Science hacks: project distils papers for a stressed press

Free Harvard resource aims to reduce errors in reporting of research. Jon Marcus reports

July 21, 2011

Credit: Alamy
Check your notes first: Journalist's Resource offers a database of scholarly reports with brief summaries in clear language

When the American Academy of Arts and Sciences brought together scientists and journalists to discuss how science was portrayed in the media, the result was not so much a collegial laboratory collaboration as an explosive chemical reaction.

The scientists said the journalists were too simplistic, always hunting for controversy and too rarely willing to take the time to understand the nuances of their research.

The journalists retorted that, if the scientists really wanted their work to have impact, they had to be able to explain it in terms that laymen could understand.

"They're probably both right," said Paul Karoff, who, as the academy's spokesman, has to deal with both sides.

"There are good journalists, and there are lazy ones; and there are scientists who are very effective communicators and others who may be incredibly accomplished and talented but who are not as skilled at communication."

Reducing the animosity between the two groups and helping to cut the chances of mistakes and misunderstanding making their way into press reports of research is the goal of a project that was launched at Harvard University this month.

The Journalist's Resource (, which has been a year in the planning, is a database of scholarly reports and papers with brief, searchable summaries in clear, understandable language. The service, available free of charge, aims to cater specifically to journalists' needs.

A press-friendly format

"What we're doing is translating this work into English," said Alex Jones, director of the Joan Shorenstein Center on the Press, Politics and Public Policy at Harvard's Kennedy School, where the project is based.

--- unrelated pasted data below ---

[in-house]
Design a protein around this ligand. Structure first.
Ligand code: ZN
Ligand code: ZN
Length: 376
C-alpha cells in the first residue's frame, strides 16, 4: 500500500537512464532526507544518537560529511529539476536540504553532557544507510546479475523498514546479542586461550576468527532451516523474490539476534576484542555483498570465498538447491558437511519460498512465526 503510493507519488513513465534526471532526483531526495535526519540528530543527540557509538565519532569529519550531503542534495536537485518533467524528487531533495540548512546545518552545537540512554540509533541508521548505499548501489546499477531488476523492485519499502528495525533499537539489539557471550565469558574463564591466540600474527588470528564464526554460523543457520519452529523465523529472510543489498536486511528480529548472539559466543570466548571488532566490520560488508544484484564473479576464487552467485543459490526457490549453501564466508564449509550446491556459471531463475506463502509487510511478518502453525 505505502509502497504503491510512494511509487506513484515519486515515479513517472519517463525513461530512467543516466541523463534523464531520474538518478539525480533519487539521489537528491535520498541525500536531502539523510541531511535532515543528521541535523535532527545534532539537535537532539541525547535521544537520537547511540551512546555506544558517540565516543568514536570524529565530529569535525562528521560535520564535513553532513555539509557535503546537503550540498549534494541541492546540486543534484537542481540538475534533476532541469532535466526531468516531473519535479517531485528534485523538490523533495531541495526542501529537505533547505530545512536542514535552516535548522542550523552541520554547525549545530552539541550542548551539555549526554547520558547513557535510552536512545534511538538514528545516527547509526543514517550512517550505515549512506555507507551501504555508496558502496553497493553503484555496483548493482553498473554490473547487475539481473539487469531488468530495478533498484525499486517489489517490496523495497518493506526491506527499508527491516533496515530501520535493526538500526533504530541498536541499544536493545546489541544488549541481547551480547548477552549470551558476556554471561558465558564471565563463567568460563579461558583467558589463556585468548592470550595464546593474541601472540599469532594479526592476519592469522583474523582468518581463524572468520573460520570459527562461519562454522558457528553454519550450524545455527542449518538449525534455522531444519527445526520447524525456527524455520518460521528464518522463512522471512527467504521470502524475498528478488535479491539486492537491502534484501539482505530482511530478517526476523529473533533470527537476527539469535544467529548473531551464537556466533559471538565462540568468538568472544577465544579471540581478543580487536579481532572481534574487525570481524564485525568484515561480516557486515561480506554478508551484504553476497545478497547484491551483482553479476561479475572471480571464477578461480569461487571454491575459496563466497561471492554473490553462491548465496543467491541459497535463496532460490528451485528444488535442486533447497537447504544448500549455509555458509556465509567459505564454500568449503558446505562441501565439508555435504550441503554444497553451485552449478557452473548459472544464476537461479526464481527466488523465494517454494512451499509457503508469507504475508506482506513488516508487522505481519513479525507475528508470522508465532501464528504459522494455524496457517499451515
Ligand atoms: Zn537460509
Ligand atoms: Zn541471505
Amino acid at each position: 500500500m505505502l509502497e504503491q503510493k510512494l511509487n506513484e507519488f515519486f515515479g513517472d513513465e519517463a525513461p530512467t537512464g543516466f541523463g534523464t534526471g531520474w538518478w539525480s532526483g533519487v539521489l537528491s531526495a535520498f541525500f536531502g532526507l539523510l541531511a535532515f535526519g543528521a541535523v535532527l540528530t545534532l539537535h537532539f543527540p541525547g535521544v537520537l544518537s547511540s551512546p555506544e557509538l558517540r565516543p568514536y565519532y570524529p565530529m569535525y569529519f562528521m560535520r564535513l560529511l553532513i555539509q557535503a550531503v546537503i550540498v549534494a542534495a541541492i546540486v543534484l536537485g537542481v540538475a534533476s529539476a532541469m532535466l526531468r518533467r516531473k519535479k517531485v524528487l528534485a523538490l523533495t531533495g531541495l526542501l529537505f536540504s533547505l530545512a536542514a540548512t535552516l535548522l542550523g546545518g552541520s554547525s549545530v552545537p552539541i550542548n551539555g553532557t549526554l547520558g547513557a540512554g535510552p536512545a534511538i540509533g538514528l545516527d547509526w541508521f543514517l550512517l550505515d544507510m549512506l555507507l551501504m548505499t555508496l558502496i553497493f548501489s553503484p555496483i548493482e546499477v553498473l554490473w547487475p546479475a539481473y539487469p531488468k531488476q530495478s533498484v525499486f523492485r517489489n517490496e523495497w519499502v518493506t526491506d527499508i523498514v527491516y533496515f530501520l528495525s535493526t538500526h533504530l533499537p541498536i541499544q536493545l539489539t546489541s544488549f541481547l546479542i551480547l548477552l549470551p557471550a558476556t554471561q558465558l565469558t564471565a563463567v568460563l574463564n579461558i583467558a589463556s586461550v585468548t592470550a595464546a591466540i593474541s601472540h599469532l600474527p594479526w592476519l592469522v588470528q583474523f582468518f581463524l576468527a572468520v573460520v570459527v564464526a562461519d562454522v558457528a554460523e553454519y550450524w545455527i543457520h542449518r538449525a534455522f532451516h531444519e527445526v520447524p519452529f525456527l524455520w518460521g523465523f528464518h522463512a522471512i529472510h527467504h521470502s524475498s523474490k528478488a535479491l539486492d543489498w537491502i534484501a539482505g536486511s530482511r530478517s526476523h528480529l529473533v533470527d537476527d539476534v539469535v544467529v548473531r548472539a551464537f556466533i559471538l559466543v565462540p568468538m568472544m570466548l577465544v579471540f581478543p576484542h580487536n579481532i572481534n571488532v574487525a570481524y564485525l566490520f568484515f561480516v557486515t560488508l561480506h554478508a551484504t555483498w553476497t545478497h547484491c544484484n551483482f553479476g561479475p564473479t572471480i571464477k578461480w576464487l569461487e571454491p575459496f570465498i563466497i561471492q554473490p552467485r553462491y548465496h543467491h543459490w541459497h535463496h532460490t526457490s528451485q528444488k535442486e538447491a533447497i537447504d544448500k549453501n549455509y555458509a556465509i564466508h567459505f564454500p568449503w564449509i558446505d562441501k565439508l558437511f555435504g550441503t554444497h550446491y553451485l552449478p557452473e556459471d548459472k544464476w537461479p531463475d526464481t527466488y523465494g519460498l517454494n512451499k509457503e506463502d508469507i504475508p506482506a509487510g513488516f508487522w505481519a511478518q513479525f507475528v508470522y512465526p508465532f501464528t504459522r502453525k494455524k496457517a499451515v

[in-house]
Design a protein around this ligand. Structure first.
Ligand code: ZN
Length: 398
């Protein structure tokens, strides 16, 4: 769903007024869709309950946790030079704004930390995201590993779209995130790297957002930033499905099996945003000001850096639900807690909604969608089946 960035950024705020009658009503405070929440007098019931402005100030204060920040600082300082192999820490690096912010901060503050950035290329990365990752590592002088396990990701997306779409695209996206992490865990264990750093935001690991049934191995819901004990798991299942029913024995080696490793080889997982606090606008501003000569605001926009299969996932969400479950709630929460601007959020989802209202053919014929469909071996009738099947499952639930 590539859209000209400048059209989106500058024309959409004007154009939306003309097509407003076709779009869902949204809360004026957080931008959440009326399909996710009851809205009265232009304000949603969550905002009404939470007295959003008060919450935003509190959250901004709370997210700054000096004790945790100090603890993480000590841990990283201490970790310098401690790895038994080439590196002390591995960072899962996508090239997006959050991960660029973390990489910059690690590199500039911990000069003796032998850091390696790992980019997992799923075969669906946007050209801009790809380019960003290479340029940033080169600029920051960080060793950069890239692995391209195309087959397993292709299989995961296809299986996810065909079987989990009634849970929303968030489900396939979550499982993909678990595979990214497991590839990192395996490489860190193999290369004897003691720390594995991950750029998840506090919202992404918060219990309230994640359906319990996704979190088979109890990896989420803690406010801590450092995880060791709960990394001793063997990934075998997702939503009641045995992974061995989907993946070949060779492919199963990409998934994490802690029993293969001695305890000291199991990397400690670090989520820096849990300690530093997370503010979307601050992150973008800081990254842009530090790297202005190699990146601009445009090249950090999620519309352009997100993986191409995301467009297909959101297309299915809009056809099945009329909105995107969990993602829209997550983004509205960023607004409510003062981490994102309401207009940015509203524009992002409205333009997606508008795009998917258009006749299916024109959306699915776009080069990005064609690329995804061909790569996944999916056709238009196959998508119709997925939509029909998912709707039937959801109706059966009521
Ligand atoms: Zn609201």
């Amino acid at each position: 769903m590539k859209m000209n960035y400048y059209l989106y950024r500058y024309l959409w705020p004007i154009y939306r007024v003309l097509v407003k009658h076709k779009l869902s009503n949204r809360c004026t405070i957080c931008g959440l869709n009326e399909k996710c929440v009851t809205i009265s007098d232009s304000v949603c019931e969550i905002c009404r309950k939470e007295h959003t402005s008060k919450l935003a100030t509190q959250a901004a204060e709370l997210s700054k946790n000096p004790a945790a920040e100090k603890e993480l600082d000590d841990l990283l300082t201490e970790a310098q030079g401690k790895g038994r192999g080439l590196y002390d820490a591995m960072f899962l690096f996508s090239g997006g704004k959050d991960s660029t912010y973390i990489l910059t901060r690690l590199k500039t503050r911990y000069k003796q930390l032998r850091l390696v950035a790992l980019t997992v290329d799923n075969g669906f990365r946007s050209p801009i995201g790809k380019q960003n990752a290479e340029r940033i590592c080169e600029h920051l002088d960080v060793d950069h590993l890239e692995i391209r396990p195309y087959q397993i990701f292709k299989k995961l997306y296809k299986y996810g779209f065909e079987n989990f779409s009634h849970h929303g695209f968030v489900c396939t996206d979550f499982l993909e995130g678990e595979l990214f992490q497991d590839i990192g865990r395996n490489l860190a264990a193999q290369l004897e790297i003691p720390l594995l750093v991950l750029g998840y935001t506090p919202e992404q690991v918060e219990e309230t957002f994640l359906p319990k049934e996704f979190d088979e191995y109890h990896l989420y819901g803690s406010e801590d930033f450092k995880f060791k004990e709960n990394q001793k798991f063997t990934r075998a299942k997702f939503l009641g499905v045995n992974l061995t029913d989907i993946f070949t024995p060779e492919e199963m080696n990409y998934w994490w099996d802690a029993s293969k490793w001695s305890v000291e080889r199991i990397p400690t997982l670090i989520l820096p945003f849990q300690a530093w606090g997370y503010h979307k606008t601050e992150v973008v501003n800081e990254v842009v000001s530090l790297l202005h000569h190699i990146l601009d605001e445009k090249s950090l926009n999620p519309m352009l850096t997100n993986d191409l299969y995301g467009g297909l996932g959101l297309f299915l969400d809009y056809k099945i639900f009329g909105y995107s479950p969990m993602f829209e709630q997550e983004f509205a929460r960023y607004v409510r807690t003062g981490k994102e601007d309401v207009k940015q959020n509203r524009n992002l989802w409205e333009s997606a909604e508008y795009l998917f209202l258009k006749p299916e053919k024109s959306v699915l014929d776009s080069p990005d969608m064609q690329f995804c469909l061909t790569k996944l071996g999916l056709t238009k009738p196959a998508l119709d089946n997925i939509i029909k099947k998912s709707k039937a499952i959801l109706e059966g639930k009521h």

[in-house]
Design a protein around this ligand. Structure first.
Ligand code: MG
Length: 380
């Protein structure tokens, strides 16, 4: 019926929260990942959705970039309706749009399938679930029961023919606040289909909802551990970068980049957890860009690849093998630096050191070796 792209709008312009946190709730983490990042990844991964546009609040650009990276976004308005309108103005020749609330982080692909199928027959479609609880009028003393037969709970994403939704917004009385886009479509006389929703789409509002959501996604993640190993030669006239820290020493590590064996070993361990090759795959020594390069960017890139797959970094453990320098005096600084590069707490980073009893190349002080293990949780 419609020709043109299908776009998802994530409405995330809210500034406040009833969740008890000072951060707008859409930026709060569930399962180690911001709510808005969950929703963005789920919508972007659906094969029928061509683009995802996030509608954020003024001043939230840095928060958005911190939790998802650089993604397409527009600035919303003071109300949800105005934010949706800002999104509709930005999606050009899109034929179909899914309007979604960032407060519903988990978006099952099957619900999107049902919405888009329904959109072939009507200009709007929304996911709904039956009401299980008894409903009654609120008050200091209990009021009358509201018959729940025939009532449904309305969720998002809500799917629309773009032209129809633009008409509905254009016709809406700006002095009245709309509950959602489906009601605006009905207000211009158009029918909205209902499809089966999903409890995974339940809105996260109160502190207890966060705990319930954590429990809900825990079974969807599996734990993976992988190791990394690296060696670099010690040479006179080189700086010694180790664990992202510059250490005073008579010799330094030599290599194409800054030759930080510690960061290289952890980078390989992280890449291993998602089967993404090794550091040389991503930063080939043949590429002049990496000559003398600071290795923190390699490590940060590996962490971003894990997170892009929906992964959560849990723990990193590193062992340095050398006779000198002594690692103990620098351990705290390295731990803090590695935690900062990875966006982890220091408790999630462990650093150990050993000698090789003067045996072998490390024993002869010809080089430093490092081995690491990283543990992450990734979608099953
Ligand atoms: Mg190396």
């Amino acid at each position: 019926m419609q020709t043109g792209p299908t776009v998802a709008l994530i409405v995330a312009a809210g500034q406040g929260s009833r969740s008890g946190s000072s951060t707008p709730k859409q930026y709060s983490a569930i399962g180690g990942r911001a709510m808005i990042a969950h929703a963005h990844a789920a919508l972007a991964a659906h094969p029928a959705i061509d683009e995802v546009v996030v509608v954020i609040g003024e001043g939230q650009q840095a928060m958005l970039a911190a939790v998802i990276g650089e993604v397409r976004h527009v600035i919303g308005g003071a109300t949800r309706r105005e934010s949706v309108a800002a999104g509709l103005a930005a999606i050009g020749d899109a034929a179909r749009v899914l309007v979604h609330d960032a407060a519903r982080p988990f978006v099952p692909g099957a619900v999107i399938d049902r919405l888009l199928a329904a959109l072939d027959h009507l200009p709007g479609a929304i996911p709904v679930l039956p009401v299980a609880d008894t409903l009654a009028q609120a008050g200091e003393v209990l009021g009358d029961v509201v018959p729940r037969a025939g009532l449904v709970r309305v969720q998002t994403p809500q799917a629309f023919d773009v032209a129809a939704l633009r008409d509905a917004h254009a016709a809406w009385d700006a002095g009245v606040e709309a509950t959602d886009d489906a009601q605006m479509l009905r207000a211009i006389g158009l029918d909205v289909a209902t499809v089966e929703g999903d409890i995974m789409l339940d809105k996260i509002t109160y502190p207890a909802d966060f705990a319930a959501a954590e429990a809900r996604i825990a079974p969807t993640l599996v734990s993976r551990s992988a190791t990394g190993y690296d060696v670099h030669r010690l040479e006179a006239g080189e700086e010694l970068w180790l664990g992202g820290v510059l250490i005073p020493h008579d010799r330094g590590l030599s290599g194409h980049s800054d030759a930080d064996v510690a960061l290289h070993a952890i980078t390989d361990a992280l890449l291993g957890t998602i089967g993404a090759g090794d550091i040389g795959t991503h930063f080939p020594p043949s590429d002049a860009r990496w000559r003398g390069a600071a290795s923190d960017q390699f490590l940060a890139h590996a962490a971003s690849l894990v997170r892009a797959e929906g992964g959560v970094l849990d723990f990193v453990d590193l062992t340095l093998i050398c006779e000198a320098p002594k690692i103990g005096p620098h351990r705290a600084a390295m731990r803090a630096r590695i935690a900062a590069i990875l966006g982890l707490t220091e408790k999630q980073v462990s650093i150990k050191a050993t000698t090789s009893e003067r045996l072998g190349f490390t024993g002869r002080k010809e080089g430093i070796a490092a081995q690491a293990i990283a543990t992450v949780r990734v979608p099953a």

"The idea was to find a way to entice journalists into deepening and bettering their reporting on all sorts of policy-related issues by giving them access to good scholarly research."

Mr Jones, who is a Pulitzer prizewinning former media reporter at The New York Times, said budget cuts in news organisations meant that journalists had even less time than they had in the past to consult peer-reviewed policy studies by government agencies, non-partisan research organisations and universities - not just Harvard, but other institutions around the world.

But even when they did have time, many journalists have never had access to "high-quality research like this, which is geared to their reporting".

Battered by the loss of readership and advertising to the internet, US newspapers have reduced their reporting staff by about 30 per cent since 2000, according to the Pew Research Center, while network television newsrooms are less than half the size they were in the 1980s.

"If it's not guaranteed news that's being made, more often than not reporters nowadays are pretty much chained to their desk and have less flexibility to be out covering their beat," Mr Karoff said.

Meanwhile, with the proliferation of misinformation masquerading as legitimate research online and on cable television news - "junk", Mr Jones called it - "we wanted a place where people could go and have confidence in the brand".

A contribution to communication

From the academics' point of view, he said, "if you do scholarly research, you do it for its own sake, but you also do it in the hope that it will help move the discussion in a positive direction. So our purpose is to make scholarly research something that journalists understand and take the trouble to use."

Harvard's motivation, he said, was that "it was something valuable that we could contribute - we're at the nexus of both these worlds."

There may be one other obstacle to overcome, however.

Some researchers in the US, Mr Karoff said, strongly resisted the idea that they should be viewed as part of popular culture, just as academics in the UK have objected to demands that they prove the wider social and economic impact of their work.

Many in the US point to examples such as the astronomer, author and television presenter Carl Sagan, and remain dismissive of any suggestion that they should follow in his footsteps as a populariser of science and become - as they put it - "Saganized".

At the meeting of scientists and journalists, Mr Karoff said, "there was some discussion among the scientists that they wanted themselves and their research to be well respected and perceived as being of high quality among their peers and within their disciplines.

"For some, being recognised and even understood by the general public is less important."

Register to continue

Why register?

  • Registration is free and only takes a moment
  • Once registered, you can read 3 articles a month
  • Sign up for our newsletter
Please Login or Register to read this article.